The Law Office of Neubia L. Harris, PLLC
Can a Parent Bring a Lawyer to an IEP Meeting?
Your child has been underperforming in school and assessed to be eligible for special education services known as IEP (Individualized Education Plan).
As the parent, you’ve been invited to a meeting alongside the special education team, therapists, counselors, etc., to create a plan containing programs and services that’ll help bring out the academic best in your child.
But you can’t help but think:
Can and should I bring a lawyer to the IEP meeting?
The short answer is Yes.
Legally, you are permitted to bring your own special education lawyer to an IEP meeting. But the question is, should you?
In some instances, the school may try to recommend programs without considering your input.
Also, you may feel like you don’t understand the whole process and need someone to explain everything to you. Or you may feel the school’s recommendation is not the best for your child.
A special education lawyer can prevent disagreement altogether and resolve issues before they escalate. An attorney will also ensure that due process is followed and everything is handled appropriately.
Sometimes, it isn’t necessary to bring a lawyer to the meeting, but you can still have one present if it makes you more comfortable.
If your opinions are being listened to and everything is being done to ensure your child receives the best support, you may not need to have a lawyer physically present.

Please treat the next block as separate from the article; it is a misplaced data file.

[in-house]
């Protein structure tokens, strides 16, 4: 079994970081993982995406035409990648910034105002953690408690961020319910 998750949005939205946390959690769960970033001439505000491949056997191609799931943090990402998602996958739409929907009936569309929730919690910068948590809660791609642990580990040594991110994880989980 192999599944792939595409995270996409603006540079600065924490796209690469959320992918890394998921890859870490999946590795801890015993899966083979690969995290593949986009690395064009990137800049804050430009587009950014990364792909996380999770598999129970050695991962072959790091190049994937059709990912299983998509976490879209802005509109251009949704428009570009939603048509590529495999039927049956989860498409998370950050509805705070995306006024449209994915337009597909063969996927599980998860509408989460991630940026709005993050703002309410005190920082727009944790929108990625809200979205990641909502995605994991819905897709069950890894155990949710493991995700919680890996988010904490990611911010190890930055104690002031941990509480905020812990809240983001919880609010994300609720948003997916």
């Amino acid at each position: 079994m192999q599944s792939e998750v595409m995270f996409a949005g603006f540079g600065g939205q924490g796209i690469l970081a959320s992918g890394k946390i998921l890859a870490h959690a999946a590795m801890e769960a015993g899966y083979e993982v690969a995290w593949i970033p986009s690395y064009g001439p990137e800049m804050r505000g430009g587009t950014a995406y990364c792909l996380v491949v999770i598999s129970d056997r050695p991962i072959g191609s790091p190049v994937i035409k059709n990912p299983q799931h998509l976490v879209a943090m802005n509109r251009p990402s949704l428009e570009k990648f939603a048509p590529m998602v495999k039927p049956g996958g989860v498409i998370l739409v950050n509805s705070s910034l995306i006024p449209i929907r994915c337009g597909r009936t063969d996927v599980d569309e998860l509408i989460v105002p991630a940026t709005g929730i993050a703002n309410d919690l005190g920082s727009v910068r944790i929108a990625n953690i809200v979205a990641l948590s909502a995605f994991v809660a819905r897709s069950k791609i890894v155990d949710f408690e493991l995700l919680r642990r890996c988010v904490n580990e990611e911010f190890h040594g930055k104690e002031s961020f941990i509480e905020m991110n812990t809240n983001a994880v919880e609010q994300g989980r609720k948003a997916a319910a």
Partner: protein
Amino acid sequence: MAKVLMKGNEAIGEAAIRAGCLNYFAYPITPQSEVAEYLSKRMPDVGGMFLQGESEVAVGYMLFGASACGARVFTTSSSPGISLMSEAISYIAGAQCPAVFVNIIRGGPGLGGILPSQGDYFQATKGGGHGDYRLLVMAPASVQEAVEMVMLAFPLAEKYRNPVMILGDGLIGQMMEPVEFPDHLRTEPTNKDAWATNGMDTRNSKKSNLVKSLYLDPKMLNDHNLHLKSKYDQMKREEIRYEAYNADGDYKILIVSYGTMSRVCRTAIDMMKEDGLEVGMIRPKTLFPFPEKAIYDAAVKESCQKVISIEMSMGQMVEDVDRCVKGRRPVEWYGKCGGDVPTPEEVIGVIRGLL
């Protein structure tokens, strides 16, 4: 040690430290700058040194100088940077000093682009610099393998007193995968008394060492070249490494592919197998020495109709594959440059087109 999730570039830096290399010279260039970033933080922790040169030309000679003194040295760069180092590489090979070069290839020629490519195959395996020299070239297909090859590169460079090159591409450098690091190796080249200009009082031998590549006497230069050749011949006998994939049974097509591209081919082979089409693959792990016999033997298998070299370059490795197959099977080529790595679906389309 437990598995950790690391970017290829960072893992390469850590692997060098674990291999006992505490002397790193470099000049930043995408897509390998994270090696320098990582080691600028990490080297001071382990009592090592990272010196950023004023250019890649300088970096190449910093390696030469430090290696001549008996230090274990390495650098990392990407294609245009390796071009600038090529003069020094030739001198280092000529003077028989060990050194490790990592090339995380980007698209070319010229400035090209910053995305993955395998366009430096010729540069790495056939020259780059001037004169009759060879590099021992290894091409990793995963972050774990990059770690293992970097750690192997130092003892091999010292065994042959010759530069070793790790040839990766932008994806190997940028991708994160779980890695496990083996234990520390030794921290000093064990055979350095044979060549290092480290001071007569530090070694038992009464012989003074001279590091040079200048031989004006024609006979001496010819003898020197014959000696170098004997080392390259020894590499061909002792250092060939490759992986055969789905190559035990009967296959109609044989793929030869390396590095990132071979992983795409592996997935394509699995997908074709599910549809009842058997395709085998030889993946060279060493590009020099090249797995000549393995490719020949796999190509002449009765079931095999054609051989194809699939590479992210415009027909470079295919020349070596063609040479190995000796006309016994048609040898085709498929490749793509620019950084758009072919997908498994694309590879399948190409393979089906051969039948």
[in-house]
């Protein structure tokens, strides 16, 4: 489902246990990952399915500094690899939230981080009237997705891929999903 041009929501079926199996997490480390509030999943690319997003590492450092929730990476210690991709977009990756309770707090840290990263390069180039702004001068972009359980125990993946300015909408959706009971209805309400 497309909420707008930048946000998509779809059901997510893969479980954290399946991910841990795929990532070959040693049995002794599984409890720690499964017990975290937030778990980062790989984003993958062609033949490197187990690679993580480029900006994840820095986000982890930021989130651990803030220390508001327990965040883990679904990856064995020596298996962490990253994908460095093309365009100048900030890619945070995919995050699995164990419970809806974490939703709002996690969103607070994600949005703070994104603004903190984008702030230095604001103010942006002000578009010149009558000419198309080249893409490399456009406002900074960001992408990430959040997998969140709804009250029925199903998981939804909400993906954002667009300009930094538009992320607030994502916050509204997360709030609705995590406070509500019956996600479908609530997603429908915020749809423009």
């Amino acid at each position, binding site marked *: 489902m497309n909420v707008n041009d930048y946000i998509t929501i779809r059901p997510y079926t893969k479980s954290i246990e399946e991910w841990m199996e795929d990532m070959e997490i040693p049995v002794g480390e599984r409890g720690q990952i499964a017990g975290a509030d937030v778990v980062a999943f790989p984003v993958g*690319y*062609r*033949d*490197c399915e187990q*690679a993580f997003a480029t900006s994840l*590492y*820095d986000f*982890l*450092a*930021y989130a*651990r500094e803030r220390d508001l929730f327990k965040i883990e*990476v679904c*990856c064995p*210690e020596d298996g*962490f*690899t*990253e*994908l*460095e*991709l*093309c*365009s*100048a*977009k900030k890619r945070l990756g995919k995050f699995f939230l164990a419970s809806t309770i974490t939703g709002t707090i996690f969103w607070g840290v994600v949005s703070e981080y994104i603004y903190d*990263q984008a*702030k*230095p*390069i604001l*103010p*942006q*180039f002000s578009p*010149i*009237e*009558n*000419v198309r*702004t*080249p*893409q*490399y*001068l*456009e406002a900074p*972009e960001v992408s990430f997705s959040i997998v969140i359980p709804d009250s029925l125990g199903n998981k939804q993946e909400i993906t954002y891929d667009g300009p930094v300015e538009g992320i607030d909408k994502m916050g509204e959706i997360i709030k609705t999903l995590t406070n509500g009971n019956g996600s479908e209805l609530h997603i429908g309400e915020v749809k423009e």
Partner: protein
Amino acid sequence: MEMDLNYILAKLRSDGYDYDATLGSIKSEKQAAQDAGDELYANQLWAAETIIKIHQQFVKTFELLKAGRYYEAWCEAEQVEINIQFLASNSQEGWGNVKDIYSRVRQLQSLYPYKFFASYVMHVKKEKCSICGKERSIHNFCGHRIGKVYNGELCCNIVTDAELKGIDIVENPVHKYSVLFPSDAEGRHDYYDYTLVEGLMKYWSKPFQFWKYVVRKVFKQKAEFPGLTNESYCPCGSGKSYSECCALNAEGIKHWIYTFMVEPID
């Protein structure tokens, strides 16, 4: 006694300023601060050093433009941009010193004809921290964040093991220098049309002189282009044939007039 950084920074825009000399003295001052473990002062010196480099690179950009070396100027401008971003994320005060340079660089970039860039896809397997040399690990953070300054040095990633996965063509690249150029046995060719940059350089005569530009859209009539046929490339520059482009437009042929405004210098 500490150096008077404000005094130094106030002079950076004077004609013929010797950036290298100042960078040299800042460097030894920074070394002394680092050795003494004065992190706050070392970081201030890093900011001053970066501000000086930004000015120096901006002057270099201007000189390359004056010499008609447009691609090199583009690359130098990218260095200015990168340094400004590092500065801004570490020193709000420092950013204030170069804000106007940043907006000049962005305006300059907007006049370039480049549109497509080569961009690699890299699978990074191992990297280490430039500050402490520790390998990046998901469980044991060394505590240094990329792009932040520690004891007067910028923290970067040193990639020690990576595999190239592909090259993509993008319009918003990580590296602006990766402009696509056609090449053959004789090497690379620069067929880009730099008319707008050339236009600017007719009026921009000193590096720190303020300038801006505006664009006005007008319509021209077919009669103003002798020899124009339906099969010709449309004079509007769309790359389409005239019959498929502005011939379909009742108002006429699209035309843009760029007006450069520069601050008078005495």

However, a special education lawyer can still help you prepare for meetings without being present.
What other things can a special education lawyer do to help?
Review documents and relevant materials before meetings.
Evaluate previous IEPs to determine what’s working and what isn’t.
Together with you, strategize and create an initial plan that reflects your wishes and goals for your child.
Help review an IEP before you sign if you don’t feel good about it.
Can you bring in a lawyer in the middle of or after an IEP meeting?
If you feel an IEP meeting could have had a better outcome, it is within your rights to request another meeting. And if things suddenly go awry during a meeting, you can also stop it, reschedule and notify them you’ll have an attorney present in the next meeting.
We understand that IEP meetings can be overwhelming, stressful, and confusing for any parent. It shouldn’t be. After all, you’re only trying to get the best for your child. Contact the experienced Neubia L. Harris for guidance through the process or if you have any questions.